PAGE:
The national strike of the miners was not only the largest coal strike the country had seen up to this time. It was the largest single strike of any kind the land had ever known. It was carried out with a dispatch, discipline and single-minded determination that had never been surpassed in the American labor movement.

The press did surpass itself in the volume of vituperation, slanders and threats hurled at the miners and Lewis. Lewis was linked with Hitler in newsreels, on the radio, in countless newspaper cartoons. Union leaders joined the chorus of anti-labor forces who were screaming for nothing less than the destruction of the miners union under the guise of aiding the war for “democracy.”

On May 1 Roosevelt himself ordered government seizure of the struck coal mines under Solid Fuels Administrator Harold L. Ickes. Ickes “seized” the mines by promptly ordering the American flag to be flown over all mine properties and directing all mine owners and managers to run the mines as government agents in the name of the government—all profits to continue as usual. Ickes then declared the miners were working “for the Government” and ordered them back to work.

The miners didn’t budge.

It was during the first of the series of wartime coal mine strikes that the Communist Party revealed to what depths of treachery it could really sink in order to demonstrate to the United States capitalists how useful the CP could be to them if American capitalism would make some kind of permanent deal with the Kremlin.

The May 1-4 national coal strike brought the anti-labor, strikebreaking activities of the Communist Party to a peak of ferocity that the vilest capitalist enemies of the unions did not surpass. On April 29 the Daily Worker carried a front-page appeal by CP National Chairman William Z. Foster, urging the miners not to respond to their union’s strike call.

On the morning of June 1, some 530,000 miners refrained from entering the pits “without any special strike call being issued and with casual matter-of-factness,” as George Breitman, the Militant’s correspondent, wrote from the mining area around Pittsburgh.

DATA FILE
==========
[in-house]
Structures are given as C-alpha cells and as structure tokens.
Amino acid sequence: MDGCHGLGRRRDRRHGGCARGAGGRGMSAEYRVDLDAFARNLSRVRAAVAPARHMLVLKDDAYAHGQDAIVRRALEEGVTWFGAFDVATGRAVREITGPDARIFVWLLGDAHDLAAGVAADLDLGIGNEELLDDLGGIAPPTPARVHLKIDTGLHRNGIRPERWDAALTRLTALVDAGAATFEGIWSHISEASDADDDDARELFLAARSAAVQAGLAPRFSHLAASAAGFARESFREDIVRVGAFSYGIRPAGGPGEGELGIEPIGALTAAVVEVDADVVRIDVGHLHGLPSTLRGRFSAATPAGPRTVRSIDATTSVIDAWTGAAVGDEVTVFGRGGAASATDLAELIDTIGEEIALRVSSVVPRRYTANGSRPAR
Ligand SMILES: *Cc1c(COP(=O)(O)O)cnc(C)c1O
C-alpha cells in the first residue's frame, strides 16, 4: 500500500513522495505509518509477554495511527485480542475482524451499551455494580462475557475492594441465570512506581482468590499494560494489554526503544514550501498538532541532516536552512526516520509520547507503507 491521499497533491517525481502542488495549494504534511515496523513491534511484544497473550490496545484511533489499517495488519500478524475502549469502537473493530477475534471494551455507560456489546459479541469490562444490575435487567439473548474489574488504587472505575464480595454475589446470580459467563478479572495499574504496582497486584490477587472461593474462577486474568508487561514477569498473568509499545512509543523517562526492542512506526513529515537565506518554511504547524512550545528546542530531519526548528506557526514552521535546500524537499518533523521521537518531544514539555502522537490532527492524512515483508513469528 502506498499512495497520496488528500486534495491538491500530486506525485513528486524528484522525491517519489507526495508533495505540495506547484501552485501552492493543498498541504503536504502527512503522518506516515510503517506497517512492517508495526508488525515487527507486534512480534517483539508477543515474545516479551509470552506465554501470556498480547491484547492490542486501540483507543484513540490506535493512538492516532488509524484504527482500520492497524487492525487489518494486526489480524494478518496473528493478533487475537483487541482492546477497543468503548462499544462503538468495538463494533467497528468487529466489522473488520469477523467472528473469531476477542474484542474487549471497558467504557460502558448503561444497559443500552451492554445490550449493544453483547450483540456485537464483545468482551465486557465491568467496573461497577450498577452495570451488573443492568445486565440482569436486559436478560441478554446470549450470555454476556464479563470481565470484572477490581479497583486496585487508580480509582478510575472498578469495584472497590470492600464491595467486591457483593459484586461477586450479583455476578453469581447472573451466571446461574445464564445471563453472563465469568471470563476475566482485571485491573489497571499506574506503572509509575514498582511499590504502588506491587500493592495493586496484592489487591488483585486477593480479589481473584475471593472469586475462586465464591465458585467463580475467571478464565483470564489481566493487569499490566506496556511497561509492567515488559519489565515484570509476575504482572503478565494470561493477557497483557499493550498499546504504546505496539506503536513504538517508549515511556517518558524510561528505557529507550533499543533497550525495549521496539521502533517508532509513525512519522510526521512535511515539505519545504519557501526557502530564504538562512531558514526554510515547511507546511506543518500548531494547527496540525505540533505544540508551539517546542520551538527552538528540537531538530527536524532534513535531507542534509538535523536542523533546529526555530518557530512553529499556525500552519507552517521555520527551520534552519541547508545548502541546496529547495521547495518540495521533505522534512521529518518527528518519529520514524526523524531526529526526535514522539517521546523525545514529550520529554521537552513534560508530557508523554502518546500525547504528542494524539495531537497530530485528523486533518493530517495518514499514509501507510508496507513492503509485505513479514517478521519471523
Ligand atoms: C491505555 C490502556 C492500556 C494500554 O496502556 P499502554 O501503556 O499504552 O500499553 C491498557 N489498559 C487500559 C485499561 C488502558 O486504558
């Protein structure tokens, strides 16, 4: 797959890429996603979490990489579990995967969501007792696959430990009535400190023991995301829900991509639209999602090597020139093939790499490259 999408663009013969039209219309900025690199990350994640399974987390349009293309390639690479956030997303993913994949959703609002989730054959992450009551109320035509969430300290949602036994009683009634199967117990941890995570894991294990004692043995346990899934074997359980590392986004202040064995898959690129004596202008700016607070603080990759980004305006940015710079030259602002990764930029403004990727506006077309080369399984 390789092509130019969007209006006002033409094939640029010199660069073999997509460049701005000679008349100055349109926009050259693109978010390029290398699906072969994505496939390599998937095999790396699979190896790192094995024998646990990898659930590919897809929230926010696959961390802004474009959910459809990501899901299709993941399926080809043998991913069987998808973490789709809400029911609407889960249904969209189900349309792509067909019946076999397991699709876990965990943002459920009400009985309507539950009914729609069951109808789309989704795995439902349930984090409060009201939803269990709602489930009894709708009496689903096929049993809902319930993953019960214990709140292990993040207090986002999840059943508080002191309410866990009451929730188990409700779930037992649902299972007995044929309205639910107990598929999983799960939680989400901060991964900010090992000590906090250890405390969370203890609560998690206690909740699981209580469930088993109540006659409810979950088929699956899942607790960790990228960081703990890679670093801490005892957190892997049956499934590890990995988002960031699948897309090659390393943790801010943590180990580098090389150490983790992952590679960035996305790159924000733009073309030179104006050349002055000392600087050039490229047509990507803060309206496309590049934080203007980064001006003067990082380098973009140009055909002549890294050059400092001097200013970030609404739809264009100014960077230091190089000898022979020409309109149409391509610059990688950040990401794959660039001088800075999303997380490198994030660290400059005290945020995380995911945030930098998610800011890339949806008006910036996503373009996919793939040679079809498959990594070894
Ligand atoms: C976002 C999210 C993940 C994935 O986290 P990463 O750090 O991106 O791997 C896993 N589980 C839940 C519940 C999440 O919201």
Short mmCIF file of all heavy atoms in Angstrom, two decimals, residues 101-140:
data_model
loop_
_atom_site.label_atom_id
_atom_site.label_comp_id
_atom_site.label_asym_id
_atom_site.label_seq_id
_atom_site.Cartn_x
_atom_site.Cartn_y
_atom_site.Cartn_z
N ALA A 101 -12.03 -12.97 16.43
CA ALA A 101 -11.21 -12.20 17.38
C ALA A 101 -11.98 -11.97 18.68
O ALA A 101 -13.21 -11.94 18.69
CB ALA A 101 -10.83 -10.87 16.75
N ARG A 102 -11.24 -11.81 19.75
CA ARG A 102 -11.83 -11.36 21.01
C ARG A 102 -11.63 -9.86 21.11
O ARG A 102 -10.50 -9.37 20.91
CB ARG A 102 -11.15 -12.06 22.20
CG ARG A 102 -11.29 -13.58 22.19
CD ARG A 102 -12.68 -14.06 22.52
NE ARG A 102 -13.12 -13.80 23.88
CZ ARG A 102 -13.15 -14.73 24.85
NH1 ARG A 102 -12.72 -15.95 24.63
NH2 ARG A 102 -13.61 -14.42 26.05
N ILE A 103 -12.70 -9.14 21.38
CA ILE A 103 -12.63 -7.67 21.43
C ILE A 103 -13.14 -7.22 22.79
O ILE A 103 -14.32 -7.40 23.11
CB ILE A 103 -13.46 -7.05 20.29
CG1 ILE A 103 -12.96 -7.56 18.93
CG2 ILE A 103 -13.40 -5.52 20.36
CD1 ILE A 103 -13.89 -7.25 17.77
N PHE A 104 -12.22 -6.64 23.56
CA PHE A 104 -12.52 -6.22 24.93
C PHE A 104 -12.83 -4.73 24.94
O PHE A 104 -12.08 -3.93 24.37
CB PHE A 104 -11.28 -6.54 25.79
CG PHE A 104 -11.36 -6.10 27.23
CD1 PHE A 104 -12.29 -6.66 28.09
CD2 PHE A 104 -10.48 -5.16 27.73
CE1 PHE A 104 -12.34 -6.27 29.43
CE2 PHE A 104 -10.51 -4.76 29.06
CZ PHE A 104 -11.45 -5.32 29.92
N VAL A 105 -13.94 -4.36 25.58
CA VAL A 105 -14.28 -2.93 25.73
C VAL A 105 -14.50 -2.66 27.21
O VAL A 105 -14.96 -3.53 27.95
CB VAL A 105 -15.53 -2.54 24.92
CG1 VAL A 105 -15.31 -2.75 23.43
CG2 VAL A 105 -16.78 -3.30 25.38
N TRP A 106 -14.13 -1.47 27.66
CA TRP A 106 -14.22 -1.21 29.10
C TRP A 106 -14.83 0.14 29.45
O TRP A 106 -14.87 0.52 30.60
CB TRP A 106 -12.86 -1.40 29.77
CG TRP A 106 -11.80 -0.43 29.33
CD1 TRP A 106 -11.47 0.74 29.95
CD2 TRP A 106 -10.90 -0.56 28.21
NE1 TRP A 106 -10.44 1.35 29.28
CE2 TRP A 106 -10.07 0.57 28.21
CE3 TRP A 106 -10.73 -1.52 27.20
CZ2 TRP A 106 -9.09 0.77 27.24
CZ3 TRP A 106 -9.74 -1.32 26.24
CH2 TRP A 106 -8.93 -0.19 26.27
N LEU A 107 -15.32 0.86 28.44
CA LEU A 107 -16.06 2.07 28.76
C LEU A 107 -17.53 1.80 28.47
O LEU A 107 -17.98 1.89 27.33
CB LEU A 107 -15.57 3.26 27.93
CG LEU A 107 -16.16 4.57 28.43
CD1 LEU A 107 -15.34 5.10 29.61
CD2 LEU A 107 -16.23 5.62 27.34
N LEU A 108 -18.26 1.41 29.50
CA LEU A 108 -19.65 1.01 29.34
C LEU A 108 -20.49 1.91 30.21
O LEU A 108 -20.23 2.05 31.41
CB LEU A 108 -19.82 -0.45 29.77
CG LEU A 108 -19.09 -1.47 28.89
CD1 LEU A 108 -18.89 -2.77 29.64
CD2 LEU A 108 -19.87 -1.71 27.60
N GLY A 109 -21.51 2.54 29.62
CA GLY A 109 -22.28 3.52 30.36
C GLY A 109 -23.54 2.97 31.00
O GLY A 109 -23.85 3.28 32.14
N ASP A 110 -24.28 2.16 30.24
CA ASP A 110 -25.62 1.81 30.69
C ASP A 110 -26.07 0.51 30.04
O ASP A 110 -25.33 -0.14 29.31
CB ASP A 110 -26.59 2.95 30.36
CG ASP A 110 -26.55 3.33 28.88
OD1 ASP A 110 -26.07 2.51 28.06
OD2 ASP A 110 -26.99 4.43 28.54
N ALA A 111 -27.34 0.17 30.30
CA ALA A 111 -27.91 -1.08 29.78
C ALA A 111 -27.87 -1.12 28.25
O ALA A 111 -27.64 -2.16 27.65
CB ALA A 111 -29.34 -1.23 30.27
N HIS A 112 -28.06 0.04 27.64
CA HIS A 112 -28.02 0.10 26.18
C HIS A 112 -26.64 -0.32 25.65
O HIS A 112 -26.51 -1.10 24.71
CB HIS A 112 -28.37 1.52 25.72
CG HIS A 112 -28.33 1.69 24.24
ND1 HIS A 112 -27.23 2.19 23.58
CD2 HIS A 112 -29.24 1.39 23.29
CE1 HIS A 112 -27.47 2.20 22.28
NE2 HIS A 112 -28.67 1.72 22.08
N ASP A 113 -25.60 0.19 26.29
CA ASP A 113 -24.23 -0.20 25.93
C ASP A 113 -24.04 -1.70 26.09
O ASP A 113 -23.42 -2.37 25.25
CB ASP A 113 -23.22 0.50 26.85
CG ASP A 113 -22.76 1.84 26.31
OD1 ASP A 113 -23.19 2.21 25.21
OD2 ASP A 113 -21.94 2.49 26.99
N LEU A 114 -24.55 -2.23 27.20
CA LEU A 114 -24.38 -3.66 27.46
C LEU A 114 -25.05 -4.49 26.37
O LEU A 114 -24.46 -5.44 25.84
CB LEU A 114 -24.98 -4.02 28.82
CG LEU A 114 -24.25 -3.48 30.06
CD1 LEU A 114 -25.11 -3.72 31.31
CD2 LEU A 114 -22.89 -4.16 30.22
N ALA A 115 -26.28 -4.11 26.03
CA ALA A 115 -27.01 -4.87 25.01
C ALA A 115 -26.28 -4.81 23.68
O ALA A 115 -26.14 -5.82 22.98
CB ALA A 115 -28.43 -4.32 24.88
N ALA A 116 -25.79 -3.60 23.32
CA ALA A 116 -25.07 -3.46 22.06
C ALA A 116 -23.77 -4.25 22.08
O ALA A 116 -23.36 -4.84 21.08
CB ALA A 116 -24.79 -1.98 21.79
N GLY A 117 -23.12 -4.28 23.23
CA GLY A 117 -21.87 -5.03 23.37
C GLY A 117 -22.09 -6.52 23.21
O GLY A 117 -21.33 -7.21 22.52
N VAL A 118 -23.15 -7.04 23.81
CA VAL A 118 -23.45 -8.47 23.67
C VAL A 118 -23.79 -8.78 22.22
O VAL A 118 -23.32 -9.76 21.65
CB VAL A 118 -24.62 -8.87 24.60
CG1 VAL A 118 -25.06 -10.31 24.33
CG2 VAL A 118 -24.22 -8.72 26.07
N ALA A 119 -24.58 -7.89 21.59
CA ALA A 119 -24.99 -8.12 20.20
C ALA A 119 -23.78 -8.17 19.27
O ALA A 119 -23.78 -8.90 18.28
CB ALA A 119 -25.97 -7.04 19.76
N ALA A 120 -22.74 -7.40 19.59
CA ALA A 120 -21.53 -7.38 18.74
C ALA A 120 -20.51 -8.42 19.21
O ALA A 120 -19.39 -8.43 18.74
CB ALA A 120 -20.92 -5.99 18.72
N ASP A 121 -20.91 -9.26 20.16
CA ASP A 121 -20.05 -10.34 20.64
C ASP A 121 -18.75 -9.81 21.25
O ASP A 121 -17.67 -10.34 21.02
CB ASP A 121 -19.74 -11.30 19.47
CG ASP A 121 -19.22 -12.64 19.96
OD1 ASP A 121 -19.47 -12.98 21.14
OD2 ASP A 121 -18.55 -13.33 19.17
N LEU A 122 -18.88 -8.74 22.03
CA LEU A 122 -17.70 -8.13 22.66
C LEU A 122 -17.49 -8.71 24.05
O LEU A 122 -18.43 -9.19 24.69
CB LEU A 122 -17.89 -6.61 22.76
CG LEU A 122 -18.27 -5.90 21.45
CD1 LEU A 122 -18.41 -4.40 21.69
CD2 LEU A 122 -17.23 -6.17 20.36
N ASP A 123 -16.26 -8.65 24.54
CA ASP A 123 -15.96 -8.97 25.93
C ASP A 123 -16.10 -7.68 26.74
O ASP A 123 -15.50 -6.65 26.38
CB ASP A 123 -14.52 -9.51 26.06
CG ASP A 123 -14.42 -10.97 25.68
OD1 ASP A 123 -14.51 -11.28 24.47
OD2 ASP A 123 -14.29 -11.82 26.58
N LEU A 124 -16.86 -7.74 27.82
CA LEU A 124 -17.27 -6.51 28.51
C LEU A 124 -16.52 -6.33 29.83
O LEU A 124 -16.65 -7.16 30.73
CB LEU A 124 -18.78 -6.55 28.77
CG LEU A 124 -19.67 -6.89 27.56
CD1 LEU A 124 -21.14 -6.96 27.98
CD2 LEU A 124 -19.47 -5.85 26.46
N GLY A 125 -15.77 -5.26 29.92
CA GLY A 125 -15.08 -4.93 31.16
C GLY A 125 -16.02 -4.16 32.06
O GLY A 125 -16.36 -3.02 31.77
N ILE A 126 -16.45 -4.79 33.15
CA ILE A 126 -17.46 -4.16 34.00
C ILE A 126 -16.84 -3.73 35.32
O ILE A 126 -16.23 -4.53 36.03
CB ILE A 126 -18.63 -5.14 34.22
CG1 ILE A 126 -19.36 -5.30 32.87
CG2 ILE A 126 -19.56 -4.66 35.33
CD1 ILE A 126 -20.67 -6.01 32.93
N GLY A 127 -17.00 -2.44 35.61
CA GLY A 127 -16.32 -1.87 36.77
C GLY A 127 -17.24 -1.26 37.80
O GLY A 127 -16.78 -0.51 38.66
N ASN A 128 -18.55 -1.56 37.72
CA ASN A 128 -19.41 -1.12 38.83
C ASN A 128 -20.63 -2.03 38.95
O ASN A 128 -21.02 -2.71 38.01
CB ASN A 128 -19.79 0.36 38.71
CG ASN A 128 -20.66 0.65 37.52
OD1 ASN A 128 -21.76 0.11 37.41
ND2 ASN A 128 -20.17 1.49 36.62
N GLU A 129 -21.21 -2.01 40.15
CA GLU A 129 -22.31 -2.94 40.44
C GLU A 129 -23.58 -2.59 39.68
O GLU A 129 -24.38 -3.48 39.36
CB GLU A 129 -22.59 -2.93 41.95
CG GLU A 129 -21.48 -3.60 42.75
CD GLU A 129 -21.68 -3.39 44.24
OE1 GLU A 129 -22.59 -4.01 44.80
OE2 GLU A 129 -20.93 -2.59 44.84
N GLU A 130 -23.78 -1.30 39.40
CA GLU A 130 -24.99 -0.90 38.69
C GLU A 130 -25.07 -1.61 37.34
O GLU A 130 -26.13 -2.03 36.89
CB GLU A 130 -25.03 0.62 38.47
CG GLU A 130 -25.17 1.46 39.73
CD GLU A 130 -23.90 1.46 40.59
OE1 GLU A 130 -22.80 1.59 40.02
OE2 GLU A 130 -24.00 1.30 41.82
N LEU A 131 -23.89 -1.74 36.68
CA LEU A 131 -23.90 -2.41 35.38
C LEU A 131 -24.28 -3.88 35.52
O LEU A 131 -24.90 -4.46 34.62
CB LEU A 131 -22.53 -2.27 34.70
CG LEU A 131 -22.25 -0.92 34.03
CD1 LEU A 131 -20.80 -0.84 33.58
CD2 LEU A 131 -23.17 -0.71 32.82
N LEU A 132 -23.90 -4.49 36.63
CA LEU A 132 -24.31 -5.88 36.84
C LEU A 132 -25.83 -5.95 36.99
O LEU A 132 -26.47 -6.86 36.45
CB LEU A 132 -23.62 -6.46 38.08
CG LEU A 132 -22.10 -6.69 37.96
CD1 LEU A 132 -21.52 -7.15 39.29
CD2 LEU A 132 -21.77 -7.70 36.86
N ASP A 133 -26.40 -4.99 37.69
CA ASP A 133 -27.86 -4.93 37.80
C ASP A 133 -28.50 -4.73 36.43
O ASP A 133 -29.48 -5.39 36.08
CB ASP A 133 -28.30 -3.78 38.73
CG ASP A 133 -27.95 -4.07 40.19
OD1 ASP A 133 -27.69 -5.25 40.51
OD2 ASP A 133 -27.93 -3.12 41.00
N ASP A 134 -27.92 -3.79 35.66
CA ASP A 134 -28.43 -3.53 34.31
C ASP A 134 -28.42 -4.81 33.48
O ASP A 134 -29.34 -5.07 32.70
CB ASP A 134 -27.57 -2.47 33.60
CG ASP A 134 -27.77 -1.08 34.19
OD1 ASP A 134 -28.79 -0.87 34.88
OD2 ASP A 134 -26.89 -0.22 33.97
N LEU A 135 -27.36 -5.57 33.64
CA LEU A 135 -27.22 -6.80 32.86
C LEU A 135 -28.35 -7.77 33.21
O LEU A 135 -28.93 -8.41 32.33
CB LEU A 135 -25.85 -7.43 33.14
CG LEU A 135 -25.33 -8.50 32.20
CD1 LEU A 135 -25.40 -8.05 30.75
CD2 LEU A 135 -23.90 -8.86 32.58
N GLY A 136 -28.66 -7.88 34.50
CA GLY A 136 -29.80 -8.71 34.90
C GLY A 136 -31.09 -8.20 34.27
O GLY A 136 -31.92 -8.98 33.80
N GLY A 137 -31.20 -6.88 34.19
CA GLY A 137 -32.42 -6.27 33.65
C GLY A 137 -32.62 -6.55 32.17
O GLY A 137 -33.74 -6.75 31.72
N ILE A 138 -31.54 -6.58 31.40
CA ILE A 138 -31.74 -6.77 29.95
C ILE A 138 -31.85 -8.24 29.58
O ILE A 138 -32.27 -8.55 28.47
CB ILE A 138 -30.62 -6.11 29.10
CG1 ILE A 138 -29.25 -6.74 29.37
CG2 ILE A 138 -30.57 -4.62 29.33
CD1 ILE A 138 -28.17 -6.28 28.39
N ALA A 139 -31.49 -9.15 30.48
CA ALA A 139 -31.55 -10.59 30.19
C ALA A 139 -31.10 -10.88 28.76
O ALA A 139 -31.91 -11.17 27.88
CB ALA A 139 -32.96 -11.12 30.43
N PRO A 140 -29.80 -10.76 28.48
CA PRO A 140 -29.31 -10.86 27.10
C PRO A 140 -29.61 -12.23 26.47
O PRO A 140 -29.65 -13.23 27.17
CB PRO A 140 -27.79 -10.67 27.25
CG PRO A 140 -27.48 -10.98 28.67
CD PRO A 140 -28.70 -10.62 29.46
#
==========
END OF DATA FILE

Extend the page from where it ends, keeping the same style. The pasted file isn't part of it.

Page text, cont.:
‘Can’t dig coal with bayonets’
Roosevelt, on June 3, threatened to call out the troops unless the miners returned to work by June 7. The miners merely shrugged and repeated their classic phrase: “You can’t dig coal with bayonets.”

By the time the official strike deadline, November 1, had arrived, all 530,000 coal miners were out, for their fourth official national wartime strike within one year.

Roosevelt was at the end of his rope. He could not arrest 530,000 miners. He could not force them to go down into the pits at bayonet point, and even if he could, they need not mine an ounce of coal. He could not jail Lewis and the UMW leaders, for the miners swore they would strike “till Hell freezes over” if Lewis were victimized in any way. The President again seized the struck mines and authorized Ickes to negotiate a contract.

The WLB on November 20 finally agreed to a contract acceptable to the union and contractors. This fixed the mine wage at $57.07 a week and provided $40 to each miner for retroactive payment for travel time.

The UMW Policy Committee ratified the new contract on November 3 and instructed the miners to return to work. They had cracked the wage freeze.

If the miners had not fought and won, if they had been defeated, it would have meant not only the crippling and possibly the crushing of one of the most powerful industrial unions—the UMW—but a demoralizing blow of shattering proportions for the auto, rubber, steel, electrical equipment, and other CIO workers. The government would have introduced new “formulas” to slash wages, increase hours of work and intensify the exploitation of labor in the name of patriotism and the “needs of the war.”

Instead, the miners’ victory opened a whole new wave of labor struggle, mounting steadily through 1943, 1944 and 1945, reaching a titanic climax in the winter of 1945-46.

The miners themselves were able to go on from victory to victory in the war and immediate postwar period, winning many new gains, such as health and welfare funds, retirement pensions and other conditions, which then became objectives of the CIO unions as well.
 
 
Previous article in the series:
Lessons from Spanish revolution in 1930s
Popular Front subordinated workers to capitalists, led to victory of Franco